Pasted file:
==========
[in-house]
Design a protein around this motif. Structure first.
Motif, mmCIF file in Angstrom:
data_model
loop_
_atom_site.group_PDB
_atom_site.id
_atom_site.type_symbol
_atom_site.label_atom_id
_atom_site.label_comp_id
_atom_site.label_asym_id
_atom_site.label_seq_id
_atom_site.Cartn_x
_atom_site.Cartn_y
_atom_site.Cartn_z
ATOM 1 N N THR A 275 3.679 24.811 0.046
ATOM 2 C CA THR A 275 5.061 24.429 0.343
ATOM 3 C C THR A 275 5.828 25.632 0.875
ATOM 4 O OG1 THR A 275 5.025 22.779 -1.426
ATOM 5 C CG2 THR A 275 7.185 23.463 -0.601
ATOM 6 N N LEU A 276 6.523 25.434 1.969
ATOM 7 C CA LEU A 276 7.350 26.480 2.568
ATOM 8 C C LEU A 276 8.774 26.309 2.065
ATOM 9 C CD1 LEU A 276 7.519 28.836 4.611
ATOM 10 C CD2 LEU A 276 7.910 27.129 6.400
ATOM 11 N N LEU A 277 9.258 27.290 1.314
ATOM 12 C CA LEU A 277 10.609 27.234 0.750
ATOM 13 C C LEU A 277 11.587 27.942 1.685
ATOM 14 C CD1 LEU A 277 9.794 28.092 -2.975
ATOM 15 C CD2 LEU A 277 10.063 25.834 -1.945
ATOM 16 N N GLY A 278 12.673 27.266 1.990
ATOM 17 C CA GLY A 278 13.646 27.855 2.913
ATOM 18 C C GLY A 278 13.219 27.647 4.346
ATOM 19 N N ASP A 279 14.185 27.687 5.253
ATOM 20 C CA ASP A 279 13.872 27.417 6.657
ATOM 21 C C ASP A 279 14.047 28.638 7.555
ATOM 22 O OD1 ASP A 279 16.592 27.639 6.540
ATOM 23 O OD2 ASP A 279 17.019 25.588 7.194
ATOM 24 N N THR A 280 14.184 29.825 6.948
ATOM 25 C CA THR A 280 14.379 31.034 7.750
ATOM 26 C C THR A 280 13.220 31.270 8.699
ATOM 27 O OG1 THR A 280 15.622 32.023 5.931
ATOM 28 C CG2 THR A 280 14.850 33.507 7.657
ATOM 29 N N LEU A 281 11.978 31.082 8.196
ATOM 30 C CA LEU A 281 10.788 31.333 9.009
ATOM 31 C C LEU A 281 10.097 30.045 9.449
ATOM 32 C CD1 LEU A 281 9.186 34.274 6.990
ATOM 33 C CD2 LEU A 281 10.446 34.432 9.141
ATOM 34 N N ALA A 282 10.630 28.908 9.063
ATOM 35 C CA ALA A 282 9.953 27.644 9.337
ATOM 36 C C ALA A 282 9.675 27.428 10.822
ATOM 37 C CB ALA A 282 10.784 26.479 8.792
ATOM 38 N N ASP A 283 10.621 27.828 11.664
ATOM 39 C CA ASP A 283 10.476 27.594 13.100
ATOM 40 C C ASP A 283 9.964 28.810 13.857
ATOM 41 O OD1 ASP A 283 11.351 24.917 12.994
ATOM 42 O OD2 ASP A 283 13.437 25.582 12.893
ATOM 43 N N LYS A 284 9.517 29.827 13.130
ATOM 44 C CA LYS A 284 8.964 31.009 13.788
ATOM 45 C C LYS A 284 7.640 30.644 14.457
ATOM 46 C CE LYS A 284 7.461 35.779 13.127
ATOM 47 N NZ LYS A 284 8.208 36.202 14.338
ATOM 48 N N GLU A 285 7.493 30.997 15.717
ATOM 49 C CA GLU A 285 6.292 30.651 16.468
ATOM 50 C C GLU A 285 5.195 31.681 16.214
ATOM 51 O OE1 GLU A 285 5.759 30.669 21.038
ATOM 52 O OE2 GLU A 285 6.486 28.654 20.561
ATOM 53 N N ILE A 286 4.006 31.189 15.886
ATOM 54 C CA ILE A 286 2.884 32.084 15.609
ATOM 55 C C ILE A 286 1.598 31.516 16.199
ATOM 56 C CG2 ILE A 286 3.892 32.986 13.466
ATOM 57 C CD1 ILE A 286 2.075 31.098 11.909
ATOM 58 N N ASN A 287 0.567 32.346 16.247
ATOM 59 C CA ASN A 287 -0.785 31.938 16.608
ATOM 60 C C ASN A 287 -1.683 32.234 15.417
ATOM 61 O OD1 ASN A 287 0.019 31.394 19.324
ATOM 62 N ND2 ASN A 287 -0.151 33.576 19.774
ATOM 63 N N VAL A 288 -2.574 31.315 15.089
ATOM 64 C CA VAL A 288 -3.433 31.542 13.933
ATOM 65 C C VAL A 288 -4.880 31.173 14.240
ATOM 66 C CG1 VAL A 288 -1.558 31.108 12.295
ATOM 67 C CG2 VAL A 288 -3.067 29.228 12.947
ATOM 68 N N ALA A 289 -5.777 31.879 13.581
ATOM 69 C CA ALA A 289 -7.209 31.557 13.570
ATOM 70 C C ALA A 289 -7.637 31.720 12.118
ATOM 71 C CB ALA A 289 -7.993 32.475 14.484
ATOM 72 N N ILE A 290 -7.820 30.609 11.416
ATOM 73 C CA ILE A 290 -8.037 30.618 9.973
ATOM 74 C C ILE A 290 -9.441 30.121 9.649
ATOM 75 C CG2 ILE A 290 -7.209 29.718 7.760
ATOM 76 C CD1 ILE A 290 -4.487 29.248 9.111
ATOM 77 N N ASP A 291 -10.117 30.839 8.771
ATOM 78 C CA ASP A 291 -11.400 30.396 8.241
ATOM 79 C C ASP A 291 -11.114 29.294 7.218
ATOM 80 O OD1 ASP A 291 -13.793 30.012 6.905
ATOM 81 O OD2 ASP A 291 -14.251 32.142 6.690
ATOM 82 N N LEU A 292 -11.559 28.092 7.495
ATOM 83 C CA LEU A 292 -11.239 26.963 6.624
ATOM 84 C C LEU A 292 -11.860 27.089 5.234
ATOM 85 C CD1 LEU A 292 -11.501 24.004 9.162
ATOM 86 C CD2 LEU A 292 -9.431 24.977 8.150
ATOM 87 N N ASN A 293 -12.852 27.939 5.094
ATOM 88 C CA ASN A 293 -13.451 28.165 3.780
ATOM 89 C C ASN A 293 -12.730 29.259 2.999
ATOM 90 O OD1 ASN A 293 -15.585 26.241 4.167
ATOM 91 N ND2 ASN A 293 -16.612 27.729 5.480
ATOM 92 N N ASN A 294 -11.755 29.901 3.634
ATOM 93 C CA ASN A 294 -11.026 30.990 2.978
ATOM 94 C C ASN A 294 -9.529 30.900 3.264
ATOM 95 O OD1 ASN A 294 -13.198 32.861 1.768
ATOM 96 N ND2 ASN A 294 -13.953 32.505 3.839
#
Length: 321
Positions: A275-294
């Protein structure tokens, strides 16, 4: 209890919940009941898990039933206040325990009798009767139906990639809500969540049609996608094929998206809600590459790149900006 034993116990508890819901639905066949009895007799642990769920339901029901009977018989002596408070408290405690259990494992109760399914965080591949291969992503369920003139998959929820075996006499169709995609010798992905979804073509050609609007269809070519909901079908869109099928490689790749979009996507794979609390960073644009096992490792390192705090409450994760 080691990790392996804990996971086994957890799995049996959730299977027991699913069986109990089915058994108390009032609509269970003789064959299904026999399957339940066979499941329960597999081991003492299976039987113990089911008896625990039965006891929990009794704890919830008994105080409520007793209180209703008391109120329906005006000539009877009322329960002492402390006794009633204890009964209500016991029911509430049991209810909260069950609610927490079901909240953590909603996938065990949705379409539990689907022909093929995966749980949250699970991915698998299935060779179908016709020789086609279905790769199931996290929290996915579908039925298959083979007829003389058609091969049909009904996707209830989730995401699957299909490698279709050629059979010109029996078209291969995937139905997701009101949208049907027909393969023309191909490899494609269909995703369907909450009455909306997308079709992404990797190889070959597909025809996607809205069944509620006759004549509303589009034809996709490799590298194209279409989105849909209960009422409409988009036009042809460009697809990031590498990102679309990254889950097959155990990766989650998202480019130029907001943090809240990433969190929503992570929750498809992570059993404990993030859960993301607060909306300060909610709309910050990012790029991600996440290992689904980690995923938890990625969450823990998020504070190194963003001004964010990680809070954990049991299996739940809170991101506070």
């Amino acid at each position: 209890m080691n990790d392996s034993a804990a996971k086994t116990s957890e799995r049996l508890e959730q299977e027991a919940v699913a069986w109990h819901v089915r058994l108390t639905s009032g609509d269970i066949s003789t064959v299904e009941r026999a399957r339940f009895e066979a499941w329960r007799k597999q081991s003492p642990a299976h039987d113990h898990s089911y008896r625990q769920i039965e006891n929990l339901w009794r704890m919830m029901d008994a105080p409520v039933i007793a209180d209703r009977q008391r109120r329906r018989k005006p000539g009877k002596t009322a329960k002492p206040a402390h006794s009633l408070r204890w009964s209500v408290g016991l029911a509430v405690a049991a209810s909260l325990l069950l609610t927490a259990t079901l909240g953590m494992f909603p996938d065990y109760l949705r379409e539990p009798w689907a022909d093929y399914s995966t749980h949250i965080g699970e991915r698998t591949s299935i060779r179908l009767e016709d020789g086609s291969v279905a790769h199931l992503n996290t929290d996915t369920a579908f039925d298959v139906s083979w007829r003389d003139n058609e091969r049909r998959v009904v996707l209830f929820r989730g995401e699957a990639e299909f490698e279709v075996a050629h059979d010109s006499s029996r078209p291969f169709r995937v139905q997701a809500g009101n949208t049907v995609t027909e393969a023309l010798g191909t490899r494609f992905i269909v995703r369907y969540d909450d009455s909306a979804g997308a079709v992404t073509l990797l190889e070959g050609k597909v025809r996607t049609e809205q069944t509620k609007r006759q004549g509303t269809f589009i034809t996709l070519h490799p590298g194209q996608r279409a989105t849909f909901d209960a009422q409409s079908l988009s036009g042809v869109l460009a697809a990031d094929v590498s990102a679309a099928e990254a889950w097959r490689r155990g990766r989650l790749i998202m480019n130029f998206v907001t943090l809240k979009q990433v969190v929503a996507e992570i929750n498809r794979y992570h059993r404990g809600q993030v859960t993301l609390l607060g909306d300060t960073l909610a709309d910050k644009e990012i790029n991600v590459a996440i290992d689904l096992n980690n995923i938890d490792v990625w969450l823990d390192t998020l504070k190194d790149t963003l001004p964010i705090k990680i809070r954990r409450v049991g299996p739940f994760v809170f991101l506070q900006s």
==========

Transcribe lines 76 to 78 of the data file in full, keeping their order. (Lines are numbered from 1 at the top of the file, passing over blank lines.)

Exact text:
ATOM 61 O OD1 ASN A 287 0.019 31.394 19.324
ATOM 62 N ND2 ASN A 287 -0.151 33.576 19.774
ATOM 63 N N VAL A 288 -2.574 31.315 15.089